Tag Archives: Yves Rocher Clea

Yves Rocher Moment de Bonheur: Roses, Roses, Roses

moment de bonheur

  As you may know, I’m a big fan of Yves Rocher and awaiting a parcel for them later this week.  I love that the quality is high and the freebies and special offers are plentiful.

It’s shame there are no stores in the UK and I have had to make a few blind buys, but I have never been disappointed.  I am particularly fond of Yves Rocher Cléa, which, if you’re a fan, smells a bit like Dove and makes for a deliciously creamy, ambery fragrance. Today I am reviewing Yves Rocher Moment de Bonheur, a rather lovely, simple floral. It opens with drunken rose petals.  By drunken I mean that it reminds me of the rose petal perfume I used to make when I was little.  I would collect rose petals from the garden and keep them in a jar of water.  The resulting perfume would not be um…commercial, but it smelled like rose petals that were on the turn: over ripe if you like and on the point of being fermented.  I’m not painting a pretty picture but in fact the rose scent from the stewed and dampened petals really summed up summer for me.

Moment de Bonheur was in fact created for Autumn and was launched in September 2011.  This would make sense, since the base has a hint of spice and warmth in the patchouli and cedar finish.  However, despite the geranium and green notes, Moment de Bonheur, to me will always be roses, roses, roses: stem, leaves and all. It’s light as a petal and borderline soapy in places, but I love it. If you like rose fragrances you can’t go wrong with this one.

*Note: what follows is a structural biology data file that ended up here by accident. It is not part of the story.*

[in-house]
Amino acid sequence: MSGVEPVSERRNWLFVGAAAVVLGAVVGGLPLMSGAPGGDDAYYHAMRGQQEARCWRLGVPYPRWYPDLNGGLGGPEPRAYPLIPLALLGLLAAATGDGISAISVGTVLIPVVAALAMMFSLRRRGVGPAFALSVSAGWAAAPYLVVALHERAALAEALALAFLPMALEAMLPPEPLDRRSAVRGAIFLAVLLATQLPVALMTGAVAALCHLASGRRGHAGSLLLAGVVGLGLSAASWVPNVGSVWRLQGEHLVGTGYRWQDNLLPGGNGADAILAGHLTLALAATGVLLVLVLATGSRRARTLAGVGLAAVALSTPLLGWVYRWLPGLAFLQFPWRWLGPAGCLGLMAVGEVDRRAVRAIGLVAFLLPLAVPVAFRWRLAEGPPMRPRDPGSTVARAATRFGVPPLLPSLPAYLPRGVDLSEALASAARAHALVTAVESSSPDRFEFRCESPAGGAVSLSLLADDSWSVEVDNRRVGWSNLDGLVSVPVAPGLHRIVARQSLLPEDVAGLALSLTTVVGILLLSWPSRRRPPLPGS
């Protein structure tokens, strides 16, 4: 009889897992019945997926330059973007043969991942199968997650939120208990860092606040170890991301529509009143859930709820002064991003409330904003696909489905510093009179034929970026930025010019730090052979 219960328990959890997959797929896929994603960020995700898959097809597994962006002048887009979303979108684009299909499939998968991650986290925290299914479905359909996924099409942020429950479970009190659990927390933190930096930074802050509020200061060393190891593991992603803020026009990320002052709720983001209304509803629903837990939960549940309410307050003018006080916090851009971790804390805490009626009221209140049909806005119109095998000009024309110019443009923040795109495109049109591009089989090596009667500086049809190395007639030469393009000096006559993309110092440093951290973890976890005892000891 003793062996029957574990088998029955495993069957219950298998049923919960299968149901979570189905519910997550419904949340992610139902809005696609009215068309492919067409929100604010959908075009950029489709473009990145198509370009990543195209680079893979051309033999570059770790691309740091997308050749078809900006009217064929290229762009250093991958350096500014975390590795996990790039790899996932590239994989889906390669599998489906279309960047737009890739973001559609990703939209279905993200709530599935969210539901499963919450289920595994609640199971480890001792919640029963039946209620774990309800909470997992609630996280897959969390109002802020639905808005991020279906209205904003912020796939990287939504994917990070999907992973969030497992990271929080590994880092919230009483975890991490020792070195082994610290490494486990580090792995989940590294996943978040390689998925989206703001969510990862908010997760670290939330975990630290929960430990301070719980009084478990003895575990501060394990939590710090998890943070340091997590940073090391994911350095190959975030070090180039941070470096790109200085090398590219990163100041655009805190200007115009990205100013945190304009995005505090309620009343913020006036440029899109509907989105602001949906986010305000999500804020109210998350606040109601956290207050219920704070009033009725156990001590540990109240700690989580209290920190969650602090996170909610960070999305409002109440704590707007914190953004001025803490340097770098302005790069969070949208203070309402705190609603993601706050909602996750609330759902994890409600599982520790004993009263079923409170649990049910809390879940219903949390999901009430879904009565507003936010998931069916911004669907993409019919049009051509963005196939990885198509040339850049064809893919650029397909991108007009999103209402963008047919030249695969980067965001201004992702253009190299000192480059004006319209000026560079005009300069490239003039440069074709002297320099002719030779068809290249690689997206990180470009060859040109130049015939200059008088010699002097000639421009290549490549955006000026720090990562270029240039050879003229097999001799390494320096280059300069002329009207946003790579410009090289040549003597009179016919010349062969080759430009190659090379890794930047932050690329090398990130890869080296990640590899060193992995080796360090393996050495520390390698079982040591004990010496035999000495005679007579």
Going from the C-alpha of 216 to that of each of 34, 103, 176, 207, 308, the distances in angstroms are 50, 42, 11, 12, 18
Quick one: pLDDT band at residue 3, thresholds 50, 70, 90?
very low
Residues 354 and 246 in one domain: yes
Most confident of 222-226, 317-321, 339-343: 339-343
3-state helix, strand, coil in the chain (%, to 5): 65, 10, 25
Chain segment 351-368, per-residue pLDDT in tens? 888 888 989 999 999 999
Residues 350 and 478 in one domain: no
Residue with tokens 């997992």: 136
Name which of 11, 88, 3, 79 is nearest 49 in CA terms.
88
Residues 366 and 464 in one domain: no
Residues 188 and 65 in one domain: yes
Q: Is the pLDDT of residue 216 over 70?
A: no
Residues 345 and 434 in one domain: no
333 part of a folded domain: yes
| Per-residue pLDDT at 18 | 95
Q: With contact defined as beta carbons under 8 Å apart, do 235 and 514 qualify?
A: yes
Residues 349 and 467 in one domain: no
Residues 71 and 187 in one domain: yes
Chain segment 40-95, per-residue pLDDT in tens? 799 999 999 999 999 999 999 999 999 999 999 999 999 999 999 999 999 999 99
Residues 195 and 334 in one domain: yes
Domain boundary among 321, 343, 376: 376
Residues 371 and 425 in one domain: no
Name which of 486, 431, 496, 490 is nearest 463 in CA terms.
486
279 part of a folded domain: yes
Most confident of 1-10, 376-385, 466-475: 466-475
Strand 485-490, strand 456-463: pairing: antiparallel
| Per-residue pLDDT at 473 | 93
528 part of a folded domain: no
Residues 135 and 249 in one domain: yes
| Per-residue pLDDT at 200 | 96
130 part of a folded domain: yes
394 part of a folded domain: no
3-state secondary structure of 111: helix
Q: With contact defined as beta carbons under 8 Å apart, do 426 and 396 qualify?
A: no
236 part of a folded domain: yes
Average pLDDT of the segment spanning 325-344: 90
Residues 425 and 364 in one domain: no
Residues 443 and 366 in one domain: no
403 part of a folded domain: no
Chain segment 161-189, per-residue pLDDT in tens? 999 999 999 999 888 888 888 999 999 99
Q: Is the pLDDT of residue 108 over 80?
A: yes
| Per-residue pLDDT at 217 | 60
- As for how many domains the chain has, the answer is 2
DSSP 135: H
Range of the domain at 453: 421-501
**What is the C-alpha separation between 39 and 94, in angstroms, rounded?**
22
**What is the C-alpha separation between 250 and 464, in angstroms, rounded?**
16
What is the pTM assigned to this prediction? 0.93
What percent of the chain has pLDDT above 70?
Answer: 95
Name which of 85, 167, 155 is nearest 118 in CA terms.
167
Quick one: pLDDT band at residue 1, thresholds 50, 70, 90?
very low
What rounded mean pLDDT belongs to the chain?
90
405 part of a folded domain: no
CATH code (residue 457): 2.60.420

photo by theimaginationtree.com
photo by theimaginationtree.com

Yves Rocher Clea: One Man’s Old Lady is Another Man’s Chypre

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I often cringe when a perfume is regarded as “Old Lady”. For one thing, the old ladies round my way smell better than the young ladies.  It’s the older crowd that wear Estee Lauder Cinnabar and  Aromatics Elixir, and the younger crowd that smell of Sweet Shops.  Secondly, Old Lady is often used as a term for any perfume with powdery notes or a powdery drydown. My ears prick up when I hear someone describe a perfume as “Old Lady”. To my mind, it usually means a decent Chypre is up for grabs. It does amuse me however, when I hear my mother describe a perfume as “too Old Lady”. She is 67 this year, and very far from Old Lady herself.

However, “Old Lady” interpretations can vary wildly from nation to nation. I hear from a French friend of a friend that Cacharel LouLou is regarded as Old Lady over in France. Over here in the UK, Yves Rocher Clea would be regarded as Old Lady, with its powdery soapiness, but such is the demand for it in France, that Yves Rocher has kept it going since 1980. That’s no mean feat from Yves Rocher, who decimate ruthlessly.

Clea is an Oriental scent with powdery notes and a soapy drydown.  It is spicy in a muted way, i.e Vetiver and Sandalwood, and has excellent longevity. The bottle is vintage in style, not quite out of fashion, but definitely early 80s: the version I have is clear glass with a gold lid. The strongest notes are Amber, Roses, Patchouli and Lily of The Valley. Clea smells of clean lotion and clean talc and has just enough of a Patchouli hit to be alluring.  If it was a colour it would be a translucent Ambery glow.

This reminds me very much of the much mourned Avon Timeless, and would also go down well with fans of Lanvin Arpege.  In fact, I prefer this to Arpege as it has all the oriental, powdery glory with none of the peaches.

Considering the timeless quality of Clea, going strong for 34 years now, the price is a steal.  Yves Rocher prices vary a lot from week to week, but I bought this alongside a £15 bottle of Yves Rocher Yria and got it for free: otherwise it’s only around £15 for a 75ml bottle.

YvesRocher.com
YvesRocher.com